Lawanda McFarland grew up in the Bronx, New York. Her mother is Freda Payne, a jazz and pop singer who worked with Duke Ellington, Berry Gordy and Quincy Jones, while her aunt is Scherrie Payne of The Supremes. While still a teenager, she became the first female hip hop DJ as the protégée of hip hop DJ Kool Herc, who gave her the stage name "Wanda Dee". She was eventually introduced to Afrika Bambaataa, who inducted her into his Universal Zulu Nation. Alongside of her boyfriend/business partner, rapper Richard Sisco ("Sisco Kid"), she appeared in Beat Street, a 1984 film about the hip hop sub-culture produced by Harry Belafonte. Wanda and Sisco's relative success - she received many offers to go on tour while he did not - contributed to the pair breaking up. At the time, Wanda had already met Eric Floyd, her future husband and manager.
Floyd encouraged her to switch from the turntables to the microphone and in 1986, she released her first single, "Blue Eyes", produced by British hit factory Stock Aitken Waterman. In 1989, she achieved commercial success with "The Goddess"/"To the Bone". The publication of a full album was hampered by disagreements with Tuff City Records, Wanda's distributor at the time.
In 1990 and 1991, respectively, British music duo The KLF - Bill Drummond and Jimmy Cauty - used unauthorized samples from "To the Bone" in the "stadium house version" of their tracks "What Time Is Love?" and "Last Train To Trancentral". When manager Eric Floyd by chance heard the former track at a disco, he sued Drummond and Cauty for copyright infringement. An 1993 article in Beat magazine quotes Floyd:
With their own history of controversial sampling, the KLF agreed to a settlement: Wanda received a payment, a share in royalties and co-writing credits on the U.S. release of the album The White Room. Under the agreement, Wanda also appeared in the "Stadium House" video to "Last Train To Trancentral". Drummond and Cauty also agreed to produce a track for Wanda's upcoming solo album, but this collaboration never materialised. Wanda described her involvement with the KLF, beginning with the latter's copyright infringement: "I wasn't INVITED into The KLF, I was IGNITED!"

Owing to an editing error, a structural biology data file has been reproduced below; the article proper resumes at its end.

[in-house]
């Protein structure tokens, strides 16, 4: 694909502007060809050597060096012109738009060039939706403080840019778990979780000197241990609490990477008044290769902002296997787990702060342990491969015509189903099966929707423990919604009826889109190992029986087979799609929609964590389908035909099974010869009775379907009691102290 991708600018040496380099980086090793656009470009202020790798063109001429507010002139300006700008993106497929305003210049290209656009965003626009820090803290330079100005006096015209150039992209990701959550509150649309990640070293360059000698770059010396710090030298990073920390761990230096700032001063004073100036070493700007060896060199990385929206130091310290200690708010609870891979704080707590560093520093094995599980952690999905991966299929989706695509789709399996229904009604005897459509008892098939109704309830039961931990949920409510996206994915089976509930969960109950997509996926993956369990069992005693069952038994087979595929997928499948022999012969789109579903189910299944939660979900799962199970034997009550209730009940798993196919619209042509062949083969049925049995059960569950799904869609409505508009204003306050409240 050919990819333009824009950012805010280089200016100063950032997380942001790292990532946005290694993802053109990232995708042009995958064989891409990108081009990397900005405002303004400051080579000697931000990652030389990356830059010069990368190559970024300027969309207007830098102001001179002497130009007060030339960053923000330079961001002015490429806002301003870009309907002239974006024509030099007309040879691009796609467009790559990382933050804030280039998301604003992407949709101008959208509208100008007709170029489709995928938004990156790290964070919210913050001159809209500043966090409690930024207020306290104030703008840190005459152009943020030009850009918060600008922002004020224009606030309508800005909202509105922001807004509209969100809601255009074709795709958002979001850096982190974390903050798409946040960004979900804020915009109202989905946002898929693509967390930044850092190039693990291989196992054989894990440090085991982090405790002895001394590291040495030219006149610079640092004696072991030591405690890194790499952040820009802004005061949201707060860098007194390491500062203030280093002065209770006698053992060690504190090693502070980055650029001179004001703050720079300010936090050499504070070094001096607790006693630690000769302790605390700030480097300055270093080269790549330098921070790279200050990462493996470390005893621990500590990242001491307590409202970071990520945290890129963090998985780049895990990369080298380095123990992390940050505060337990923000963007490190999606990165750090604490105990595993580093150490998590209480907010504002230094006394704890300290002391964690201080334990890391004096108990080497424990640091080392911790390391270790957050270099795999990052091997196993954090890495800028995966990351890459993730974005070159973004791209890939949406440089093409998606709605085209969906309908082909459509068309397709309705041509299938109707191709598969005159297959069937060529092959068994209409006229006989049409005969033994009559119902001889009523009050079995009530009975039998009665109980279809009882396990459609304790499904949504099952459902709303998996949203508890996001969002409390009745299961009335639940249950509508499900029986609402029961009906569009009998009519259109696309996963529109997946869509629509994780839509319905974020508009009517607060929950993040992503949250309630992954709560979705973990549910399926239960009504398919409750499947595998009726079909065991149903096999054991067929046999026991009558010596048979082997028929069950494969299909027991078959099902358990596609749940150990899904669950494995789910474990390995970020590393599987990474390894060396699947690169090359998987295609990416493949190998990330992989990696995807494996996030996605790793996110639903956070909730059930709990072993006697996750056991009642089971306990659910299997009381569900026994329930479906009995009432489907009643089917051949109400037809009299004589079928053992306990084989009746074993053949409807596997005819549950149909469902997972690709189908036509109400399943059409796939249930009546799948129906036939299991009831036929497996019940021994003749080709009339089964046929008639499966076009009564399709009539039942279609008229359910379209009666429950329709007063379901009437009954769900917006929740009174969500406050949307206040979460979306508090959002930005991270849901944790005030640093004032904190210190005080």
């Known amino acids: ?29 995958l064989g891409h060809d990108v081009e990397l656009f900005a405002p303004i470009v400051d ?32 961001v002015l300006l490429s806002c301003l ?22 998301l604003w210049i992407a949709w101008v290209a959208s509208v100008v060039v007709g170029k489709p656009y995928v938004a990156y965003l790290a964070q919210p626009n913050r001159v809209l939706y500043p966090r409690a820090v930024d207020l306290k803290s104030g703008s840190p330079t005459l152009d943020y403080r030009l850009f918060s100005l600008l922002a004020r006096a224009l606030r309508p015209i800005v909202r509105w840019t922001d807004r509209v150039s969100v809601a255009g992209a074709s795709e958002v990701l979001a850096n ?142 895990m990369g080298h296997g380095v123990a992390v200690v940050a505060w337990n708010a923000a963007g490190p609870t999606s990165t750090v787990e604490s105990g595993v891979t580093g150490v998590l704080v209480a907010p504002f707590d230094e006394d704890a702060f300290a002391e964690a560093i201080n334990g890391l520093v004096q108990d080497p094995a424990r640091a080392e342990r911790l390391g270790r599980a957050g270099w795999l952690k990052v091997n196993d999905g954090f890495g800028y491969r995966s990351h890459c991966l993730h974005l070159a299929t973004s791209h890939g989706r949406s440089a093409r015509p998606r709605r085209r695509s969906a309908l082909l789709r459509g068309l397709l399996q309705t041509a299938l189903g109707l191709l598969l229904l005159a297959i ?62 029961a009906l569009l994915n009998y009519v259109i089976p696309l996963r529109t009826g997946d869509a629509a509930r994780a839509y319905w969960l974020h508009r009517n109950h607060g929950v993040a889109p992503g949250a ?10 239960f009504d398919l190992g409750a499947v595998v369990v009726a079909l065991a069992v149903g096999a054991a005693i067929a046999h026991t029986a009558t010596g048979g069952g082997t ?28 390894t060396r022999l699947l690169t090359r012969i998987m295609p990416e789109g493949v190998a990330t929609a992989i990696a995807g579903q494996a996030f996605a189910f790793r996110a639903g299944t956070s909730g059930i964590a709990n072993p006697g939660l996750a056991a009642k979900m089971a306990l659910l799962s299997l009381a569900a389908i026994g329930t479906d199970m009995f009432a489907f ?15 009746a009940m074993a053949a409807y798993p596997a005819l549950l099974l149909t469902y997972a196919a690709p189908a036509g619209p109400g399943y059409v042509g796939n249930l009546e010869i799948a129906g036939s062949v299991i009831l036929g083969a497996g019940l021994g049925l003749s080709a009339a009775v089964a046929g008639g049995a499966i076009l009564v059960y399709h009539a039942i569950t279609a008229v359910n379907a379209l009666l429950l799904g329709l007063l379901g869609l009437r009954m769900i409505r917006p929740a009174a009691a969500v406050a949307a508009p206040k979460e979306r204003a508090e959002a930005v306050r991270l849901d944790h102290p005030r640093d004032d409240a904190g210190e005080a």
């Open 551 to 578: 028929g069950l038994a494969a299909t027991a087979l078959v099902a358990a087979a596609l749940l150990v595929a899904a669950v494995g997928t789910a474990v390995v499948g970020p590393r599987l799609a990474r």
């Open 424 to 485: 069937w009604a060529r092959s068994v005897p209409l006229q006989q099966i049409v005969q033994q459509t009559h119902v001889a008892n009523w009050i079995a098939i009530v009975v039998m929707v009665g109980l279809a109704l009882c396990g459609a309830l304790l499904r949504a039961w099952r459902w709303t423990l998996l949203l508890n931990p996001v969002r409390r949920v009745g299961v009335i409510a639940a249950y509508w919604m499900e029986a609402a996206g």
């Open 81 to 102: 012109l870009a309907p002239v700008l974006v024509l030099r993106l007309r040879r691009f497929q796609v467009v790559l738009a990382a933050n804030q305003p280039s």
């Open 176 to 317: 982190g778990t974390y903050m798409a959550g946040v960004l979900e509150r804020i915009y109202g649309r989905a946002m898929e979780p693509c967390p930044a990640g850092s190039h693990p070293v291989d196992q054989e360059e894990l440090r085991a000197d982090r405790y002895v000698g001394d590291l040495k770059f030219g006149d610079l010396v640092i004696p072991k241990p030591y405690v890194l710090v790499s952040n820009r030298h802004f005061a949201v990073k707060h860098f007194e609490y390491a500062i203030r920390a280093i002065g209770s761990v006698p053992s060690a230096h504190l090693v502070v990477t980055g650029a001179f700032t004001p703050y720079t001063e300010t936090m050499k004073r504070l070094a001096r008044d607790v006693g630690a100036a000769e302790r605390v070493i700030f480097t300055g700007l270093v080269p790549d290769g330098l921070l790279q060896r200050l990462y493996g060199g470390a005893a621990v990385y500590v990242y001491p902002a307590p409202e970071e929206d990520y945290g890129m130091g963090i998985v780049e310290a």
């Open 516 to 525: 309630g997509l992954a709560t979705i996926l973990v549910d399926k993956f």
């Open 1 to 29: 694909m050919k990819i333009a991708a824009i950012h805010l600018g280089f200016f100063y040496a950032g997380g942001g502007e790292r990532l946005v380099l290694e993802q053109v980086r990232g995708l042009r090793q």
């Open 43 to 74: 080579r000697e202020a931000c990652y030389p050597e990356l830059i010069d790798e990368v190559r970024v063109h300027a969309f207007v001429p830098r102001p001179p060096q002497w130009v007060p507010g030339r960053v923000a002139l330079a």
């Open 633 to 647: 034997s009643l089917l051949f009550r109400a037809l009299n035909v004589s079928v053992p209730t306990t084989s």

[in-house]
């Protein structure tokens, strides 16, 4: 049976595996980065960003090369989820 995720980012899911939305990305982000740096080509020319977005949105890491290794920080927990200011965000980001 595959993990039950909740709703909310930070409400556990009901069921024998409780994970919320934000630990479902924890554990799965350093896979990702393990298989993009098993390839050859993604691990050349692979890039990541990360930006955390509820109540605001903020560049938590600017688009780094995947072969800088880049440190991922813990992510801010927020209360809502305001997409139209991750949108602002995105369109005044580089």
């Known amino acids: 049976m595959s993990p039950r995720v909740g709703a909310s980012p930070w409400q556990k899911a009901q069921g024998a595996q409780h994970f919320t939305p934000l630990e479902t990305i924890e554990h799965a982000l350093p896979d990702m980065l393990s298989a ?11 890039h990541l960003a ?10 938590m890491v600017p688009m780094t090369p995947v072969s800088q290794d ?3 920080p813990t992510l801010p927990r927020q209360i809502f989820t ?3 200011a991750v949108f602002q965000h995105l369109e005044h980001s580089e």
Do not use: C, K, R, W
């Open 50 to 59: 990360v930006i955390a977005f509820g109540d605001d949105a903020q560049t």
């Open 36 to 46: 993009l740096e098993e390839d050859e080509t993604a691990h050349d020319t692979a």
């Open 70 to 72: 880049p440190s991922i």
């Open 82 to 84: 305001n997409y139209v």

Wanda's temporary involvement with the KLF - including the album deal - abruptly ended when Drummond and Cauty left the music business in early 1992. After they had disbanded (and deleted their back catalogue), Wanda took off on a two-year concert tour that spanned 150 cities in 90 countries. The show, dubbed "The KLF Experience featuring Wanda Dee" or "The Voice of KLF, Wanda Dee", combined the KLF's pre-recorded music with her own live vocals and lavish costumes. Drummond and Cauty, who were displeased by Wanda's use of the KLF moniker, requested that their U.S. distribution company, Arista Records, issue a cease and desist order, but the company refused, estimating that an international tour would only boost their sale of KLF material. Wanda's repeated claim that she had been an integral or even the decisive part in the KLF's success raised controversy among observers.
In the early 1990s, Wanda also signed a multi-album record deal with her previous producers Stock & Waterman. A debut album was produced but the release came to a halt when Stock & Waterman's partnership disbanded in 1993. In 1994, still riding on the KLF success, Wanda published the single "I Wanna See You Sweat" with German record company ZYX.
In 2003, Wanda formed her own record label, Goddess Empire, and finally published her debut album, The Goddess Is Here. The same year, she also participated in the Zulu Nation's 30 year anniversary performance.Singles
"Blue Eyes" (1986, Lisson Records/Critique)
"The Goddess"/"To The Bone" (1989, Tuff City)
"I Wanna See You Sweat" (1994, ZYX)
"I Like It Hard" (1997, Festival Records, Pride Music)
"Love Like Mine" (2003, Goddess Empire Record Label)
The Goddess Is Here! (2003, Goddess Empire Record Label)